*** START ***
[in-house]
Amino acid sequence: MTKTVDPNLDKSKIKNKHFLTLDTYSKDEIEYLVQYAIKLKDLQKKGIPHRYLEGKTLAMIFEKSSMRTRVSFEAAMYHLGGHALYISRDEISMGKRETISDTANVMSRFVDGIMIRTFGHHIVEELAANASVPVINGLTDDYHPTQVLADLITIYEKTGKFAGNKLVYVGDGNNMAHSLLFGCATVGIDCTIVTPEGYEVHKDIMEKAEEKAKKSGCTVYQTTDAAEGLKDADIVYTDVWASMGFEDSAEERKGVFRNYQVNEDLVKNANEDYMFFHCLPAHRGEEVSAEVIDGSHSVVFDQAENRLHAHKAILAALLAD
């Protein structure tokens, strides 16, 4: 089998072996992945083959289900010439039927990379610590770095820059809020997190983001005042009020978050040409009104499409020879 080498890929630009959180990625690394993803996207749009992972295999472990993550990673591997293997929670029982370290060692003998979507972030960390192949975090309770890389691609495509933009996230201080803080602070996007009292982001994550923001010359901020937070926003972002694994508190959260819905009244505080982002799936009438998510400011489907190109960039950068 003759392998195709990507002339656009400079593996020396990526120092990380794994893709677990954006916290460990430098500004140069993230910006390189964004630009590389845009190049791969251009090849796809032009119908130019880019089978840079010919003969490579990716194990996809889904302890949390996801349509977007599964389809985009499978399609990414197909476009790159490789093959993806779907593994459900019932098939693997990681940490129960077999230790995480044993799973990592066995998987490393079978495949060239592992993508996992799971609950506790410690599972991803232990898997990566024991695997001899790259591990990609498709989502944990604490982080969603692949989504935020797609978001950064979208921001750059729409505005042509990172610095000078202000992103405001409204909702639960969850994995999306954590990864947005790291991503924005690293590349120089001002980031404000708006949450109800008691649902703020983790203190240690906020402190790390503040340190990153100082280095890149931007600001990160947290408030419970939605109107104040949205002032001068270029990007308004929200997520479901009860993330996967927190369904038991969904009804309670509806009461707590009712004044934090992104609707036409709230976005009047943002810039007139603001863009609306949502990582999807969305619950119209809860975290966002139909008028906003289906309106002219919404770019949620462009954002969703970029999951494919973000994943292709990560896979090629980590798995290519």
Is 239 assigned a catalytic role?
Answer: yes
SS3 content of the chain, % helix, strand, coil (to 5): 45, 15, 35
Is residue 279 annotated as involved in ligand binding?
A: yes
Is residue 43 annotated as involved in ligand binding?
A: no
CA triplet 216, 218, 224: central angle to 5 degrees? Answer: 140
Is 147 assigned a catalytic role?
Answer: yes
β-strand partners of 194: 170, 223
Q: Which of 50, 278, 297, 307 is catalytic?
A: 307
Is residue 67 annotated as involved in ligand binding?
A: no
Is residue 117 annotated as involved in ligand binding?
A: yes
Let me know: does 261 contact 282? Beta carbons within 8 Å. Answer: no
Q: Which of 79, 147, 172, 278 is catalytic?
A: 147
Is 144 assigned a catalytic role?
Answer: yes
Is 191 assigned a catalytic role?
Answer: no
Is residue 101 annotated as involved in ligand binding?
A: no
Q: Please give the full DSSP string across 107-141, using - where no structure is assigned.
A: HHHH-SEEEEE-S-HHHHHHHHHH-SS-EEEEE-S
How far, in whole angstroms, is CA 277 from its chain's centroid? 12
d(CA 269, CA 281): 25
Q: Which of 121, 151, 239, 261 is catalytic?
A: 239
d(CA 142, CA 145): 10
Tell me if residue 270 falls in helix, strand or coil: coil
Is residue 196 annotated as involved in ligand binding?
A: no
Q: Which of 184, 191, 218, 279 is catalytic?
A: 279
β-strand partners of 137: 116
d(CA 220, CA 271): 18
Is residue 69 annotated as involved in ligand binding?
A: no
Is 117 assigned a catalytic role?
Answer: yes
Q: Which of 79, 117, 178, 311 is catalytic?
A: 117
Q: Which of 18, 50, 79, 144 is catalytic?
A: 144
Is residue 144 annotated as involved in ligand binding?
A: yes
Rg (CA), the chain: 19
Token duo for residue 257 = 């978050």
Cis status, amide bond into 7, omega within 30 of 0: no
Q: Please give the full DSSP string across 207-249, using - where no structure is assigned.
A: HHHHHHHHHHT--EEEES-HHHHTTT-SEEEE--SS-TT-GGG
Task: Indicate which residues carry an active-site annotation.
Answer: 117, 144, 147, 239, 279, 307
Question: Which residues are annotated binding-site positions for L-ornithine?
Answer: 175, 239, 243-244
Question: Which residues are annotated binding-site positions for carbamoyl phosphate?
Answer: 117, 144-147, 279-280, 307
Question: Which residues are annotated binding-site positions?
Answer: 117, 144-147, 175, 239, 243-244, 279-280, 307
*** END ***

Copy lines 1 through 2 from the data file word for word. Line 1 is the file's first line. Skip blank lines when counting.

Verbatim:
[in-house]
Amino acid sequence: MTKTVDPNLDKSKIKNKHFLTLDTYSKDEIEYLVQYAIKLKDLQKKGIPHRYLEGKTLAMIFEKSSMRTRVSFEAAMYHLGGHALYISRDEISMGKRETISDTANVMSRFVDGIMIRTFGHHIVEELAANASVPVINGLTDDYHPTQVLADLITIYEKTGKFAGNKLVYVGDGNNMAHSLLFGCATVGIDCTIVTPEGYEVHKDIMEKAEEKAKKSGCTVYQTTDAAEGLKDADIVYTDVWASMGFEDSAEERKGVFRNYQVNEDLVKNANEDYMFFHCLPAHRGEEVSAEVIDGSHSVVFDQAENRLHAHKAILAALLAD